In clinical assessment according to the walking track analysis in groups II, III, and IV, all rats had similar SFI scores. There was no effect of lacozamide in functional recovery. We think that one week follow-up, which can be a limitation for this study, may not be enough for the assesment of clinical effectiveness. Ozbek et al. [18] observed significant motor improvement at 4 weeks after treatment after experimental peripheral nerve injury in rats.

CONCLUSION

In conclusion, this is the first study to investigate the neuroprotective effects of lacosamide after PNI. The biochemical and histological analyses revealed that lacosamide has neuroprotective effect and may be useful in the treatment of PNI. However, studies with long follow-up are needed to clinical assessment.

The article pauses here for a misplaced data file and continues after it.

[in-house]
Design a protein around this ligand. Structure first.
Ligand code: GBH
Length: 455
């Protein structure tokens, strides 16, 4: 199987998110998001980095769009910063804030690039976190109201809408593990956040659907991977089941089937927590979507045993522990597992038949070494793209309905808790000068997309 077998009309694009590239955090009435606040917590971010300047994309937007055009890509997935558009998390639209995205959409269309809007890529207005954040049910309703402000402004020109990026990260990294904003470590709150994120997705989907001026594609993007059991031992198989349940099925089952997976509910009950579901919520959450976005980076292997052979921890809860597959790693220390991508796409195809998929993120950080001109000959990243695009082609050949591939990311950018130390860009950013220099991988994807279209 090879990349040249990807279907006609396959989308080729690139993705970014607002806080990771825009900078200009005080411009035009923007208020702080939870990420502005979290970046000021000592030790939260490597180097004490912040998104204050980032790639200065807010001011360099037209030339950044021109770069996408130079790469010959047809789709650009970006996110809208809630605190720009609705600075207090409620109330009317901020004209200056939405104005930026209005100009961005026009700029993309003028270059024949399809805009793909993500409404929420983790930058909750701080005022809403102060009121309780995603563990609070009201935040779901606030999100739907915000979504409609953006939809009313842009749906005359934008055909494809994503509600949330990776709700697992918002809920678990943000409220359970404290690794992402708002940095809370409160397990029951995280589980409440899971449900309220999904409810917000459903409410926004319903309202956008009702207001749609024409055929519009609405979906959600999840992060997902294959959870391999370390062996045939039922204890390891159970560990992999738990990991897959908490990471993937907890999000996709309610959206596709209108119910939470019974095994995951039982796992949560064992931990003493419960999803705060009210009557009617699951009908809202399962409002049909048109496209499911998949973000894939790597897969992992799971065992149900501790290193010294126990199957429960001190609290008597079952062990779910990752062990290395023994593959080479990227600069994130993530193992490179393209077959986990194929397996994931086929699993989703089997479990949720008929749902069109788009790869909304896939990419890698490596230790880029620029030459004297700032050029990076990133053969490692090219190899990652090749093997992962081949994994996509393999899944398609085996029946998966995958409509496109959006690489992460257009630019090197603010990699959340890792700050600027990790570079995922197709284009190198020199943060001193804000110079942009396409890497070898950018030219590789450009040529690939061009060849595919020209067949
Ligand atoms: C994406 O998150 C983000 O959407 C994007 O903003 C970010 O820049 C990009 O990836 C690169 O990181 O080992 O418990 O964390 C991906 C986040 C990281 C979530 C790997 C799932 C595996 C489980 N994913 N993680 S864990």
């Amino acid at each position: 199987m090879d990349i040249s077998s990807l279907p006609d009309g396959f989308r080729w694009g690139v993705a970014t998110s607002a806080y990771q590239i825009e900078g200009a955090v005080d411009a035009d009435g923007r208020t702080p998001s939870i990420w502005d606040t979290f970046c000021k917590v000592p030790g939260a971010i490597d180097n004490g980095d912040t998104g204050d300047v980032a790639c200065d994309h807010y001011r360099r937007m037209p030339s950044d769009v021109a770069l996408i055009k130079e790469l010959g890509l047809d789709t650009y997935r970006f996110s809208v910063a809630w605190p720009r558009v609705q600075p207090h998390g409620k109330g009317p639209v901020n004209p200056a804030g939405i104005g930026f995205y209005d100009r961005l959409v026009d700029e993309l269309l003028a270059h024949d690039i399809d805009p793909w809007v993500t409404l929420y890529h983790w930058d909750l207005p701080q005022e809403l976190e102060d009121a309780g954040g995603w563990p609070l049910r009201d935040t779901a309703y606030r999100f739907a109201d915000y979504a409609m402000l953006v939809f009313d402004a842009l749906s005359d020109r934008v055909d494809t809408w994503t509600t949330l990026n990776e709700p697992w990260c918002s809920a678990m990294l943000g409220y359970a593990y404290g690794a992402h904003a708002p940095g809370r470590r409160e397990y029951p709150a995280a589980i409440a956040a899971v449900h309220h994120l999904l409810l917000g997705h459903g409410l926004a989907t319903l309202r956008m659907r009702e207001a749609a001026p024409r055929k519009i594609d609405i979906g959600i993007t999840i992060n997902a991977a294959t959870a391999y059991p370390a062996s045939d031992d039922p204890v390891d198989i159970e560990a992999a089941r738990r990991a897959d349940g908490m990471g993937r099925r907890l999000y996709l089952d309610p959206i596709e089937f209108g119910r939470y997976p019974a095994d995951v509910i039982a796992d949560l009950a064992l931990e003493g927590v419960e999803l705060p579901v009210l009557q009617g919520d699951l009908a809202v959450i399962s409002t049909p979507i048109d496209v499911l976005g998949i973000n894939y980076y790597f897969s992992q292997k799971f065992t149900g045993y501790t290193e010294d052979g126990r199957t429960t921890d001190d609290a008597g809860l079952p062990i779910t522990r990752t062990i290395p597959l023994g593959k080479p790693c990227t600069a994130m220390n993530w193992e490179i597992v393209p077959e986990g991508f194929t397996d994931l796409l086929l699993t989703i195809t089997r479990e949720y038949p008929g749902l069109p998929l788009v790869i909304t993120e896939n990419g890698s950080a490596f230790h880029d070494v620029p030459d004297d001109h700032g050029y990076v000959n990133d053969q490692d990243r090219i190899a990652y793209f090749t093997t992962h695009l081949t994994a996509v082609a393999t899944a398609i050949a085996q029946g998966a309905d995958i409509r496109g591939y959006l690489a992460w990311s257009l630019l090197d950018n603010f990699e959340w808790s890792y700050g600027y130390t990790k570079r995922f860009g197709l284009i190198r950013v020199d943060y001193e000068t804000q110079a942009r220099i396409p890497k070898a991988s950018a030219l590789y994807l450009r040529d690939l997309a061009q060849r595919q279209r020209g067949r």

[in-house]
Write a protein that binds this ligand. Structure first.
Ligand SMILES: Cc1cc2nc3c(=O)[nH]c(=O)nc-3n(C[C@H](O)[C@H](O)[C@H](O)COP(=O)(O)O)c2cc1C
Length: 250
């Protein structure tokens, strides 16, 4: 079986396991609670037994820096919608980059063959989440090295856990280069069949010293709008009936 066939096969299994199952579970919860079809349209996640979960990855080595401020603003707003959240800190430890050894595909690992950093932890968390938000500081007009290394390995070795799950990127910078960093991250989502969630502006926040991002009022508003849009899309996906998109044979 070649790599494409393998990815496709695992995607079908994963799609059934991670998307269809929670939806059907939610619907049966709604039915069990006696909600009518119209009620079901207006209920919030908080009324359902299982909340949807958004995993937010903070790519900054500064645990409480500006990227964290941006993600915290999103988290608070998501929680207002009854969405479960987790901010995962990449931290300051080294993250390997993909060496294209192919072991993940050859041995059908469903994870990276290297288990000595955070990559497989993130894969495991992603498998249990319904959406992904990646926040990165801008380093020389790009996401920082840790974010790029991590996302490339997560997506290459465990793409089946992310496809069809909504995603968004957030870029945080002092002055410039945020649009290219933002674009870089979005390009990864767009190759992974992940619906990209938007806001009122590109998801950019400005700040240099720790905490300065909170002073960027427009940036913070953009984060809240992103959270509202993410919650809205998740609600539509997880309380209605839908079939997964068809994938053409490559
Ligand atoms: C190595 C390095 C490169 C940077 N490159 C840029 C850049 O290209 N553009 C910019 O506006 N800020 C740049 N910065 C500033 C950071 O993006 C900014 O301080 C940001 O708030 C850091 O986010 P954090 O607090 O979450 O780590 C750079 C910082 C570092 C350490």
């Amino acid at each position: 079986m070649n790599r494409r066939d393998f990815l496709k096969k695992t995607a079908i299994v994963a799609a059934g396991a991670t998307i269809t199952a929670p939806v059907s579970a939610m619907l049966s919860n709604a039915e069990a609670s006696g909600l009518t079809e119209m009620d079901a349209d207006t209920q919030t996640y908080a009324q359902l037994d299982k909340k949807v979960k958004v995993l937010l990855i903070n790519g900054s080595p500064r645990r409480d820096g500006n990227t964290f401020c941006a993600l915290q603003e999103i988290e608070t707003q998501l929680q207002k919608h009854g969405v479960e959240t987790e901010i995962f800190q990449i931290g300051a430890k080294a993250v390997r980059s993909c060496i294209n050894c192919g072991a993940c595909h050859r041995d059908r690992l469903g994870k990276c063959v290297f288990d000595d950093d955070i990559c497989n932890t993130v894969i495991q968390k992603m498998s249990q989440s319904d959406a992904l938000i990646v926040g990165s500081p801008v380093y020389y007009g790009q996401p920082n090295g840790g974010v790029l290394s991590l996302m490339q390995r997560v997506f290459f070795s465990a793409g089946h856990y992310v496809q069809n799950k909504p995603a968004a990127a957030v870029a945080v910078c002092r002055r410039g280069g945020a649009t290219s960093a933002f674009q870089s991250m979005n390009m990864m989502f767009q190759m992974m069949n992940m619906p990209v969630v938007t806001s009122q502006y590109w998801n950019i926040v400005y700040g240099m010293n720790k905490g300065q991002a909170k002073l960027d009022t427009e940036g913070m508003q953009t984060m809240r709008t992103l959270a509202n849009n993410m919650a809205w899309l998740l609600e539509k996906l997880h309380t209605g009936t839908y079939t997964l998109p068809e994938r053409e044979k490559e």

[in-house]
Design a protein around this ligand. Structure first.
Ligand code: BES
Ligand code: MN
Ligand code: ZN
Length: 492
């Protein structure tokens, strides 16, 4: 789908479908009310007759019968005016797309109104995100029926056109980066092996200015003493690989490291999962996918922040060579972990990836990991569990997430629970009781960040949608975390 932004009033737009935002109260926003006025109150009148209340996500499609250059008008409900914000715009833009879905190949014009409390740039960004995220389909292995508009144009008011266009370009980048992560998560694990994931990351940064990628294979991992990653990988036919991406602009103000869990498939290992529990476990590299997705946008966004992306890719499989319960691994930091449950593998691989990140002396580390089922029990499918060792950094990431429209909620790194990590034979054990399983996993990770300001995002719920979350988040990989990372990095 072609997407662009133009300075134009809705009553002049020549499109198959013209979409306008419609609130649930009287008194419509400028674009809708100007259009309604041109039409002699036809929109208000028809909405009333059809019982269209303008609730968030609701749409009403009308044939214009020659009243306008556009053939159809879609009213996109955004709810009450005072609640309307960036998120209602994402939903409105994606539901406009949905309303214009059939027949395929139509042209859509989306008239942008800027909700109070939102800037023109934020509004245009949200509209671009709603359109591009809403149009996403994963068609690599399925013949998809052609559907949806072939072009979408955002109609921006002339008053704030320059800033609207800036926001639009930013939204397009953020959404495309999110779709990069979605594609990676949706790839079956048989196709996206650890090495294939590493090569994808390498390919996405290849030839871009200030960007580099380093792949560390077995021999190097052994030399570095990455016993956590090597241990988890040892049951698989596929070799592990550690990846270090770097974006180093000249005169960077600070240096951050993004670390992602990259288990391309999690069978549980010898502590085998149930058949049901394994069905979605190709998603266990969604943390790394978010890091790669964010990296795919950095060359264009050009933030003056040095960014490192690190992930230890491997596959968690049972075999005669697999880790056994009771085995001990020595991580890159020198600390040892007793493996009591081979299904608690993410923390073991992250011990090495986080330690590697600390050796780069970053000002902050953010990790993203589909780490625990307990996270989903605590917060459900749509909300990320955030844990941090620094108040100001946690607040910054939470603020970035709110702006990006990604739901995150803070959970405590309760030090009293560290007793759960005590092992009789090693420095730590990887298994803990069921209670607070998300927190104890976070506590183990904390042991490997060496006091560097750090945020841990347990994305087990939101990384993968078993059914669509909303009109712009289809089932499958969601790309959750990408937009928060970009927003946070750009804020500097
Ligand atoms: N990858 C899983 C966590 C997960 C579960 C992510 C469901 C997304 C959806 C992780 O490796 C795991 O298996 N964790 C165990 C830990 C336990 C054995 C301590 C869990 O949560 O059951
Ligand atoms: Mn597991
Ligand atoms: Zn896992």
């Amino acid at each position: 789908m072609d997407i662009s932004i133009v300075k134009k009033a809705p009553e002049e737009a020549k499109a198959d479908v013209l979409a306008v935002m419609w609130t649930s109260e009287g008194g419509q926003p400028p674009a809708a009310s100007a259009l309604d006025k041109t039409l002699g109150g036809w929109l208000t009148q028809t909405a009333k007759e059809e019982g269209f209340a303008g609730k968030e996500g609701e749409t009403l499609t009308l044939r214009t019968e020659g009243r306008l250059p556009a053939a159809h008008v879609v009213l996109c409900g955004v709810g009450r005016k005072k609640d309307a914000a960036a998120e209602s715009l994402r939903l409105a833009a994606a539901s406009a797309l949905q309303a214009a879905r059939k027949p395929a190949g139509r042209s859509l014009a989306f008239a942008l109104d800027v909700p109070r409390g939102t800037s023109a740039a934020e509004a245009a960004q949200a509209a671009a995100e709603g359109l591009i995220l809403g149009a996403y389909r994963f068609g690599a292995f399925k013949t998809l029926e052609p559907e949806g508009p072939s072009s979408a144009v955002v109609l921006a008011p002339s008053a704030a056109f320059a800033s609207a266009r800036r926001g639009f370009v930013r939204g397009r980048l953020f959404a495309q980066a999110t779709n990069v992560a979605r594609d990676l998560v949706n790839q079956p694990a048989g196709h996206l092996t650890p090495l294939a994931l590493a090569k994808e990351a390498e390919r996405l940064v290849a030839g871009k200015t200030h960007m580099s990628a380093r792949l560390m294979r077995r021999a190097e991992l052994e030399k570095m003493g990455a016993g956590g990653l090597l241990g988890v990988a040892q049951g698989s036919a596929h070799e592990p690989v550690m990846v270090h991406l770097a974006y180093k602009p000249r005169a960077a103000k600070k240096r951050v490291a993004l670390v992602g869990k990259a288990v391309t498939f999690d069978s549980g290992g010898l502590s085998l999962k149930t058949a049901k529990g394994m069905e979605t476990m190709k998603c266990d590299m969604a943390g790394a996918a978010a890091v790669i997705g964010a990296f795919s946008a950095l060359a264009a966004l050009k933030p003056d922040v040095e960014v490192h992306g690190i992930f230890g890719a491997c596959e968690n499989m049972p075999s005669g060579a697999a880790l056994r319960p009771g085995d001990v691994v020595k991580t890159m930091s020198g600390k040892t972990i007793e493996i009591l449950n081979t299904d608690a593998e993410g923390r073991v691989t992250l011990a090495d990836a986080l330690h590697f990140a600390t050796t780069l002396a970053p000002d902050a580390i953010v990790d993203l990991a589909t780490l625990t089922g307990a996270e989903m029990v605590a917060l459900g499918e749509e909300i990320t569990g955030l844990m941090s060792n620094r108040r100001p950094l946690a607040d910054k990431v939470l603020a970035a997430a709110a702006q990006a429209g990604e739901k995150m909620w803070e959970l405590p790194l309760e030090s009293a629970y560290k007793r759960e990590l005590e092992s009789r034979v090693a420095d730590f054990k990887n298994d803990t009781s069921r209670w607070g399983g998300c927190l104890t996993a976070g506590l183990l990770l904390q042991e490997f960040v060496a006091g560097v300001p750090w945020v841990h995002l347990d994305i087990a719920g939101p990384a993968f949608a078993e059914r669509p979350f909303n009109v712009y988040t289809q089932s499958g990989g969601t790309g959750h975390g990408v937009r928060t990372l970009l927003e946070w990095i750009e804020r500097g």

Notes

No potential conflict of interest relevant to this article was reported.

AUTHOR CONTRIBUTIONS

Conceptualization : SD

Data curation : SD, KU

Formal analysis : ASB, AU

Funding acquisition : SD, SE

Methodology : SD, KU

Project administration : SD, SE

Visualization : YA, AC

Writing - original draft : SD, KU

Writing - review & editing : SD

Fig. 1.
Compression of the sciatic nerve with a clamp with 40 g closing force.
jkns-2019-0178f1.jpg
Fig. 2.
Histopathology of sciatic nerve tissues; H&E staining with 20× (A, C, E, and G) and MT staining with 40× magnification (B, D, F, and H). A and B : Normal histological structure of sciatic nerve in group I. C and D : Proliferated and activated Schwann cells (arrowheads), segmental demyelinated nerve fibers (arrows) in group II. Proliferated and activated Schwann cells (arrowheads), axonal demyelination, axonal and endoneurial discontinuity (arrows), congestion of blood vessel in perineurium (star) in group III (E and F) and in group IV (G and H).